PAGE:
TFF helps Croatia get a US$ 40 million World Bank loan

By Jan Oberg

TFF PressInfo 41 – June 30, 1998

Originally published here.

The World Bank last week approved a DEM 74 million (US$40.6 million equivalent) Reconstruction Project for Eastern Slavonia, Baranja and Western Srijem Loan for Croatia. The project area is one of the most fertile parts of the Balkans and prior to the war, was known as the “bread basket” of the region. Due to damage to the extensive flood control and drainage system, much of the agricultural land has become unusable. The project will:

1) Repair and rebuild the flood control and drainage facilities;

2) Clear the landmines left behind in the flood control network;

3) Provide for sound and sustainable environmental management of the adjoining nature reserve at Kopacki rit;

4) Rebuild a partially completed wastewater system in one of the major towns in the area.

The World Bank explains that the project is expected to make a major contribution in stimulating the local economy, thereby creating an incentive for people to return home. It is an important contribution to reconstruction and is the result of close cooperation with the Croatian Government, the UN, several bilateral agencies, and numerous non-governmental organizations (NGOs) who provided input on the project’s design.

TFF is one of these NGOs. This is what team leader of the World Bank’s Reconstruction Program for Croatia, Susan Rutledge, wrote to TFF:

“The final project was the result of the hard work of many who provided valuable aid and good counsel to the project team as we prepared the program. Your assistance was particularly helpful at key points in the preparation process and I would like to personally thank you for taking time and trouble to help us in that effort. I look forward to continuing to work with you in the future.”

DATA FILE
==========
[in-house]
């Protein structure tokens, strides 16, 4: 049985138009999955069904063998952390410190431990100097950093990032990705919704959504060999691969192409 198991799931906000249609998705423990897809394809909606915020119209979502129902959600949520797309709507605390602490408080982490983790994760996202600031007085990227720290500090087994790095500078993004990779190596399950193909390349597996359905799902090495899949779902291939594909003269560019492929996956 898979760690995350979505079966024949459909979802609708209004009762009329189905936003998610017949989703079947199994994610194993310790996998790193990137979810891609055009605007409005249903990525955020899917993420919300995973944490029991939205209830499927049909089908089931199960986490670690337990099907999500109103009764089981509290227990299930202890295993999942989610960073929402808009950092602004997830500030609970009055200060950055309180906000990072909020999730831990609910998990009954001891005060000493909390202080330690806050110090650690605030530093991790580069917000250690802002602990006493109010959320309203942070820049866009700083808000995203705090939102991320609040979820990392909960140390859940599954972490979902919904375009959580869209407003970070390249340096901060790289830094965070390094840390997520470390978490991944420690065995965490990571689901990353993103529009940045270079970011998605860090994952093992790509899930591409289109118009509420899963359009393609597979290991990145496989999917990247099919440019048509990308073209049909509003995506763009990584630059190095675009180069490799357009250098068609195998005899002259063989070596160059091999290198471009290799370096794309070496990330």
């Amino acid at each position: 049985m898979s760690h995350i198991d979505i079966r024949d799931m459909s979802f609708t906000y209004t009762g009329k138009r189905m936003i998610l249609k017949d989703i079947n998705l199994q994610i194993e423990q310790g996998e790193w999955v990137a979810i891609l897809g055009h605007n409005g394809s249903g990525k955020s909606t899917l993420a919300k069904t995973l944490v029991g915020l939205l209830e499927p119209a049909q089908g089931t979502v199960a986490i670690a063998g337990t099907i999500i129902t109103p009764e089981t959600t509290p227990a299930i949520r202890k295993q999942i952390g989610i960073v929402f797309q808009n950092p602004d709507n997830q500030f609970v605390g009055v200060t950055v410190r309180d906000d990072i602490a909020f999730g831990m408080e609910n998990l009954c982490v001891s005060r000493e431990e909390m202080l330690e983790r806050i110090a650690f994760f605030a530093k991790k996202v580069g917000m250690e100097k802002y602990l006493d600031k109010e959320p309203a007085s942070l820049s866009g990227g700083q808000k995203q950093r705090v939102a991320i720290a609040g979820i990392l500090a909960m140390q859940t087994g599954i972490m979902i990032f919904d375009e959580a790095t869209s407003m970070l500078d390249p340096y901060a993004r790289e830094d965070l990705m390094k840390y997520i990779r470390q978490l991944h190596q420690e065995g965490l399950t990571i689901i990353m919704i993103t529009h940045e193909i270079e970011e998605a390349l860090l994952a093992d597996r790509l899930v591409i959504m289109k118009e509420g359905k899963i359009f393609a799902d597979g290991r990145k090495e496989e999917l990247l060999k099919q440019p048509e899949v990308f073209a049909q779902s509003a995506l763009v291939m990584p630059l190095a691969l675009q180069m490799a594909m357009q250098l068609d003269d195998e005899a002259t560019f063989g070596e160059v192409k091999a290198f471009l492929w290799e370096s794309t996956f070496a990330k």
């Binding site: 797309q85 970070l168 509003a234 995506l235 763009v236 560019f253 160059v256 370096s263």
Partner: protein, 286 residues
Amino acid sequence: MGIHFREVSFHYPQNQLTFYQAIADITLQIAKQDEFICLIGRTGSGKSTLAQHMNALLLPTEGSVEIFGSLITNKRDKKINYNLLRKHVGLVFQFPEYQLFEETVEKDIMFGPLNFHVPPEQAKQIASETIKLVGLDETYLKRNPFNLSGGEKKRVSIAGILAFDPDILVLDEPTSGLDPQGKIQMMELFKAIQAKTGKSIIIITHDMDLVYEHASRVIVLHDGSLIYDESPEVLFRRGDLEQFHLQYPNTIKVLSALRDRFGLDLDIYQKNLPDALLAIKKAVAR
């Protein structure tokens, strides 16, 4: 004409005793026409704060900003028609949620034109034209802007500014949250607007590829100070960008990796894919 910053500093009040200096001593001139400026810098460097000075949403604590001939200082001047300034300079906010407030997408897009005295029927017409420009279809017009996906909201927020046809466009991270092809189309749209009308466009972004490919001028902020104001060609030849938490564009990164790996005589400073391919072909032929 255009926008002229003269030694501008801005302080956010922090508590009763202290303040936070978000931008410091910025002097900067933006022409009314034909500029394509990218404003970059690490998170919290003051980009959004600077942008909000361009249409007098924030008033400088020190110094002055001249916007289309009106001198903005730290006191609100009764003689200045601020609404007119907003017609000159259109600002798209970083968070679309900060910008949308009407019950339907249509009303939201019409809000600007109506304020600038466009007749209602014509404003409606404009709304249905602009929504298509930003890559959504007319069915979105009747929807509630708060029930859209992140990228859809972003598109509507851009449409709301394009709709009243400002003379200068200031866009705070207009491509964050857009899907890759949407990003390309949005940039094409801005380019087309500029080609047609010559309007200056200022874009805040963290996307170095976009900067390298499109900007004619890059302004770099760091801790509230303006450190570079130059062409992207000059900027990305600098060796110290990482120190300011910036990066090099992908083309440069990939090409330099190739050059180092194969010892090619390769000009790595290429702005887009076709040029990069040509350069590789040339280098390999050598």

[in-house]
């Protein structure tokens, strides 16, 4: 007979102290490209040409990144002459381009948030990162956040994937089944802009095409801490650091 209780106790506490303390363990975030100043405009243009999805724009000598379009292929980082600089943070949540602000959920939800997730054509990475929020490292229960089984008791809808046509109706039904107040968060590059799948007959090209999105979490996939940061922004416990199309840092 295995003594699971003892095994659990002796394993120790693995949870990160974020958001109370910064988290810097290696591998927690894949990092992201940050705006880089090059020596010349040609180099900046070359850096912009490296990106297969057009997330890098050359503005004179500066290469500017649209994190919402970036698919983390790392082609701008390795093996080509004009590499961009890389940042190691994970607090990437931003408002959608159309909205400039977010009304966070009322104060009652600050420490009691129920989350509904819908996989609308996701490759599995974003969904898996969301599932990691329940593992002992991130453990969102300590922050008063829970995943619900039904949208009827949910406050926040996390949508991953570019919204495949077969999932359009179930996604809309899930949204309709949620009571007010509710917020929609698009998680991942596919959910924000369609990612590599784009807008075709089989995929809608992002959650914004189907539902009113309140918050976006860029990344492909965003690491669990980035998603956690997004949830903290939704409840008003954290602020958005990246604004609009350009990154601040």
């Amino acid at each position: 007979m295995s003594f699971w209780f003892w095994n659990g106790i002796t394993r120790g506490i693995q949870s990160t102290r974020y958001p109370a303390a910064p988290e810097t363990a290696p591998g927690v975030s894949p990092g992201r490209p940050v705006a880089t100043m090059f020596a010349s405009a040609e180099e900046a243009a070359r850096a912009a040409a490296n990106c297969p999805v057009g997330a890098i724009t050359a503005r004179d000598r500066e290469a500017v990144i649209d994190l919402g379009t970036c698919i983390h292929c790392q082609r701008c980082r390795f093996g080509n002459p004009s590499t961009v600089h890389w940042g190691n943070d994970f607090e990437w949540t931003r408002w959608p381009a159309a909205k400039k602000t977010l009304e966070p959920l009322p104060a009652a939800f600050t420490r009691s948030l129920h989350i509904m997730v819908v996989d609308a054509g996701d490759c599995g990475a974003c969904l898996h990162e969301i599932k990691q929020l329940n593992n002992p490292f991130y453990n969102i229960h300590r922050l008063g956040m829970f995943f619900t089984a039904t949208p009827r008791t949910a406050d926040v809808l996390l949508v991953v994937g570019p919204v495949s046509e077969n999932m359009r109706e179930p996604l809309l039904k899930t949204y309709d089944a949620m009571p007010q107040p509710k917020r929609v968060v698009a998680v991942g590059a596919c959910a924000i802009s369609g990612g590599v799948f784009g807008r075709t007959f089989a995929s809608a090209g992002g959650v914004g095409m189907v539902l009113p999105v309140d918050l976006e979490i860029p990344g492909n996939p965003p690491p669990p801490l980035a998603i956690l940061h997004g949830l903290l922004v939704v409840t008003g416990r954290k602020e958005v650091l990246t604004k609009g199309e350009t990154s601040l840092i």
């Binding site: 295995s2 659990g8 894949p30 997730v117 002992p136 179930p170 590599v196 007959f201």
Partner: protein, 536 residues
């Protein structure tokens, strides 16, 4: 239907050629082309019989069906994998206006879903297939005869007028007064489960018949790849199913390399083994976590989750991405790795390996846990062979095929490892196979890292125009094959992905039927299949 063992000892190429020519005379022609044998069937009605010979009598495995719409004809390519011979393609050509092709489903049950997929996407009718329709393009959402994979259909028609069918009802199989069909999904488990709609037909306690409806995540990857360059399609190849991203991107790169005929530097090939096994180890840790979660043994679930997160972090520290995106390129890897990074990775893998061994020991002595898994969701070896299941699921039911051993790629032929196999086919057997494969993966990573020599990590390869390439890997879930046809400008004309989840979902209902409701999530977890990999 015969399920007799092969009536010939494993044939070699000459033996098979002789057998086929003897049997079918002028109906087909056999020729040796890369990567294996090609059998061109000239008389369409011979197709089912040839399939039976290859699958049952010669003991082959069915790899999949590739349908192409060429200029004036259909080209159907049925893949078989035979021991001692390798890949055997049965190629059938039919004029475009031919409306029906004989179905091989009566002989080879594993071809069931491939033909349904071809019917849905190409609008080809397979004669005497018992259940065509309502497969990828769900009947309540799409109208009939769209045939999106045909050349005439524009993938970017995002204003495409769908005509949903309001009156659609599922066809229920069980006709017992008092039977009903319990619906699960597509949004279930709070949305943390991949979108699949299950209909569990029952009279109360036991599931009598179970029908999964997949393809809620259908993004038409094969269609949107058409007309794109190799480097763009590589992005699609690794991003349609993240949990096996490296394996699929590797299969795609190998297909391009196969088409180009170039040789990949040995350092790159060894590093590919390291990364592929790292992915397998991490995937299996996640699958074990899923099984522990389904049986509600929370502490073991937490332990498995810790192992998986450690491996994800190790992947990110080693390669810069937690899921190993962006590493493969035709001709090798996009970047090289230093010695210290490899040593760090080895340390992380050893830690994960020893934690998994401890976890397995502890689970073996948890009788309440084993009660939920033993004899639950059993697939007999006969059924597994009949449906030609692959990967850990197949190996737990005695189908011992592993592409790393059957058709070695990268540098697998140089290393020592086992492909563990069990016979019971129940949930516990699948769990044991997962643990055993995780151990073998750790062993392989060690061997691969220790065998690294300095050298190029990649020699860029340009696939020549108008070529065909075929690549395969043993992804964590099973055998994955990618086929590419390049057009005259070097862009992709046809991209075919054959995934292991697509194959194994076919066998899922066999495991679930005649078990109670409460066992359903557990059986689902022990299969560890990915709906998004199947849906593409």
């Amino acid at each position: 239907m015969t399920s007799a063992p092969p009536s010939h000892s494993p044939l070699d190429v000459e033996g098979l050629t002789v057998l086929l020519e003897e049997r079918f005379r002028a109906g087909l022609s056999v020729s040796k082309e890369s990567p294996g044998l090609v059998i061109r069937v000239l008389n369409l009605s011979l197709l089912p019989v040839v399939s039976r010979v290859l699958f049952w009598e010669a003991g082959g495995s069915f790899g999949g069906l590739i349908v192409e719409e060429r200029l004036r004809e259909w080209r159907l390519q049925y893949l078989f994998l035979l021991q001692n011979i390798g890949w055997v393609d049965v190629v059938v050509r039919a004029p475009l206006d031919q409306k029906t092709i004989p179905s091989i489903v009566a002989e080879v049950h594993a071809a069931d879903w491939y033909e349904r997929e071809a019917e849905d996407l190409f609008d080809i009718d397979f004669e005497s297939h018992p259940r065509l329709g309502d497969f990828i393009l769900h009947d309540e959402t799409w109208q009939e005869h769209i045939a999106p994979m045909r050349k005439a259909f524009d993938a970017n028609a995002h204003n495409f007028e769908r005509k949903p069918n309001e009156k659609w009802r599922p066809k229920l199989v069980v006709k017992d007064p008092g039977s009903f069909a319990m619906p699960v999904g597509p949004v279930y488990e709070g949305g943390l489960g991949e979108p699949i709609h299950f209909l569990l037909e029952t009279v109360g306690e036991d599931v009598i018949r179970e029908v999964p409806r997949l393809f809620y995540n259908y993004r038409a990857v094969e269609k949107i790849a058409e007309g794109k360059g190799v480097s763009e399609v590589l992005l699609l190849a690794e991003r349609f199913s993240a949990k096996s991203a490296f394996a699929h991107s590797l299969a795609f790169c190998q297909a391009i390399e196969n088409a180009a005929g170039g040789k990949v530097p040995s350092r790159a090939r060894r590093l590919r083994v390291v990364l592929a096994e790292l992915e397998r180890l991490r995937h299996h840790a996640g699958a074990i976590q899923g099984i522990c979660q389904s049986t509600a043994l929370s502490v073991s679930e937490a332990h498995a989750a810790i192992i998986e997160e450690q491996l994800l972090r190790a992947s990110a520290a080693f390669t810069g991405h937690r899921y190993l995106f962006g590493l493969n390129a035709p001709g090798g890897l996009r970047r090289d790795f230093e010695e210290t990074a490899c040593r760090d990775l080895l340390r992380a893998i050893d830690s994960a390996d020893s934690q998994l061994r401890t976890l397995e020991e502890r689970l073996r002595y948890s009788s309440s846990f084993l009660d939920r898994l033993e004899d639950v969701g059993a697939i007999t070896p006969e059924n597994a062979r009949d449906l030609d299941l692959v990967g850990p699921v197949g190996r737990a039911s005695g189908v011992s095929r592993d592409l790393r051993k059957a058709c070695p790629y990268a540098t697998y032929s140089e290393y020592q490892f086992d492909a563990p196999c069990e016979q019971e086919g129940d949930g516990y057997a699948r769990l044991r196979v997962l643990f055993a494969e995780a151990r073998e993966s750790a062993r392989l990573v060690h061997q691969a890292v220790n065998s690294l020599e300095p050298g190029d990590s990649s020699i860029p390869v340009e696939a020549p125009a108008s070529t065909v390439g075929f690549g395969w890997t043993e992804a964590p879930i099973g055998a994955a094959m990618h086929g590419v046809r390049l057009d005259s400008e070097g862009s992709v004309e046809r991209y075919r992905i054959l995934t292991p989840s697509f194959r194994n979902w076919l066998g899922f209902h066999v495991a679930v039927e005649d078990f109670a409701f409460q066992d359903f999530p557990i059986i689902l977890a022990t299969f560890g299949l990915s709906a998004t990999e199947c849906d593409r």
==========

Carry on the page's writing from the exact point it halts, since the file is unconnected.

TFF director Jan Oberg elaborates, “During one of our missions last year, UN Civil Affairs asked us to answer Susan Rutledge’s questions.The World Bank wanted our judgment as to the security of the region and the prospects of providing returnees with jobs and other development opportunities. We also discussed how a loan could promote peacebuilding and reconciliation. We are proud to have helped Croatia do something vitally important for the citizens of Eastern Slavonia.

But I think the Croatian government must provide much more economic incentive for people in, and potential returnees to, Eastern Slavonia. The region’s Serbs keep on leaving for Serbia, Canada and elsewhere and few Croats see any future prospects in returning. The official argument is that Croatia is a poor, war-devastated country. You certainly see that when visiting Serb-dominated schools and villages and you wonder why there are so few major reconstruction projects in the symbolically important city of Vukovar. But when you see the brand new equipment of the police – who is likely to stop you at about every 20 kilometres throughout the region – when you go shopping in Zagreb or look at Croatia’s military development, it’s looks like a wealthy country.

The international community has neglected Eastern Slavonia. The large and expensive UNTAES mission (which left the region on January 15) created a unique momentum; six months later everyone can see that this has come to a standstill. OSCE does not have the same executive power and the Croatian government neither has the strategy and administrative capacity nor the political will to provide genuine peacebuilding, economic reconstruction and reconciliation.

The loan helps Croatia help itself. It promotes sustainable development, i.e. reconciliation between human beings and Nature. What a wonderful world it would be if there were also a big international organisation that provided funds and expertise for reconciliation between human beings and other human beings. But that remains a dream,” Jan Oberg concludes.

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